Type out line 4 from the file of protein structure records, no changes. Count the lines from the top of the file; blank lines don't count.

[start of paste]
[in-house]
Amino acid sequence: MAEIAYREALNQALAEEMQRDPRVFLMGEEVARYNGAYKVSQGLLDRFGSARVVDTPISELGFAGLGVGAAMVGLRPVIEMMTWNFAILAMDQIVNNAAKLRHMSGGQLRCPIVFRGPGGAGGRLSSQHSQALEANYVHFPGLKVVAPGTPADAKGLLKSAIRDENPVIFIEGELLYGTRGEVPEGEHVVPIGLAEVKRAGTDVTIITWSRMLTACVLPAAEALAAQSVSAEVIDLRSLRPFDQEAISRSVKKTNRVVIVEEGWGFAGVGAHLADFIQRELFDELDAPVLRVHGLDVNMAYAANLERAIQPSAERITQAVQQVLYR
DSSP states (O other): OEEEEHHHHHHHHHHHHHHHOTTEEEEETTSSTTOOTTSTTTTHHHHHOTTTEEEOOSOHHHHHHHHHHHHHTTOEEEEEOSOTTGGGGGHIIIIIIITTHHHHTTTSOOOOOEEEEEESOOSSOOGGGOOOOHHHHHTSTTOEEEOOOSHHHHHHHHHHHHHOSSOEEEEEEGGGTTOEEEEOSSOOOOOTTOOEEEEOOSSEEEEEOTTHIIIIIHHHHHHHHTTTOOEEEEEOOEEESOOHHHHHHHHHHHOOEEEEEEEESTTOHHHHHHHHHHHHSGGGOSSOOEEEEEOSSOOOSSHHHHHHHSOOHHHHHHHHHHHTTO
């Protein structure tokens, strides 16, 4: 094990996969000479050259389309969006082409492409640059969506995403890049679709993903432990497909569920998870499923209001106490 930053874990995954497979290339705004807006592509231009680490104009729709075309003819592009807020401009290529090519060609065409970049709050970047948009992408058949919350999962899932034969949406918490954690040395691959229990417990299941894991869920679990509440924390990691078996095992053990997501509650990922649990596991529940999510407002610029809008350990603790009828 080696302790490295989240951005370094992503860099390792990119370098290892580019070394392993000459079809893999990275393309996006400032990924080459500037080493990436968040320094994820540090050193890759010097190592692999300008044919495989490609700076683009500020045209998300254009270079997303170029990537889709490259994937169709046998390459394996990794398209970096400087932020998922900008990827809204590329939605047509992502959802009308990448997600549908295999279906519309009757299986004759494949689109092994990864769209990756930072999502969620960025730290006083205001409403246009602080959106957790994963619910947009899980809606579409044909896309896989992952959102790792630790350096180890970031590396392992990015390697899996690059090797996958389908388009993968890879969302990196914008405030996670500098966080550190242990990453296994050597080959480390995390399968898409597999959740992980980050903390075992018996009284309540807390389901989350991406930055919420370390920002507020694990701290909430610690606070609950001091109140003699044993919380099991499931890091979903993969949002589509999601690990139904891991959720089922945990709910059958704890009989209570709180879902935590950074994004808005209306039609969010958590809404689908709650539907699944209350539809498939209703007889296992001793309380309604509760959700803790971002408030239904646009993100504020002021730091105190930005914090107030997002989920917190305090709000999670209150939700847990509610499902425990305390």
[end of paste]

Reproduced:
């Protein structure tokens, strides 16, 4: 094990996969000479050259389309969006082409492409640059969506995403890049679709993903432990497909569920998870499923209001106490 930053874990995954497979290339705004807006592509231009680490104009729709075309003819592009807020401009290529090519060609065409970049709050970047948009992408058949919350999962899932034969949406918490954690040395691959229990417990299941894991869920679990509440924390990691078996095992053990997501509650990922649990596991529940999510407002610029809008350990603790009828 080696302790490295989240951005370094992503860099390792990119370098290892580019070394392993000459079809893999990275393309996006400032990924080459500037080493990436968040320094994820540090050193890759010097190592692999300008044919495989490609700076683009500020045209998300254009270079997303170029990537889709490259994937169709046998390459394996990794398209970096400087932020998922900008990827809204590329939605047509992502959802009308990448997600549908295999279906519309009757299986004759494949689109092994990864769209990756930072999502969620960025730290006083205001409403246009602080959106957790994963619910947009899980809606579409044909896309896989992952959102790792630790350096180890970031590396392992990015390697899996690059090797996958389908388009993968890879969302990196914008405030996670500098966080550190242990990453296994050597080959480390995390399968898409597999959740992980980050903390075992018996009284309540807390389901989350991406930055919420370390920002507020694990701290909430610690606070609950001091109140003699044993919380099991499931890091979903993969949002589509999601690990139904891991959720089922945990709910059958704890009989209570709180879902935590950074994004808005209306039609969010958590809404689908709650539907699944209350539809498939209703007889296992001793309380309604509760959700803790971002408030239904646009993100504020002021730091105190930005914090107030997002989920917190305090709000999670209150939700847990509610499902425990305390």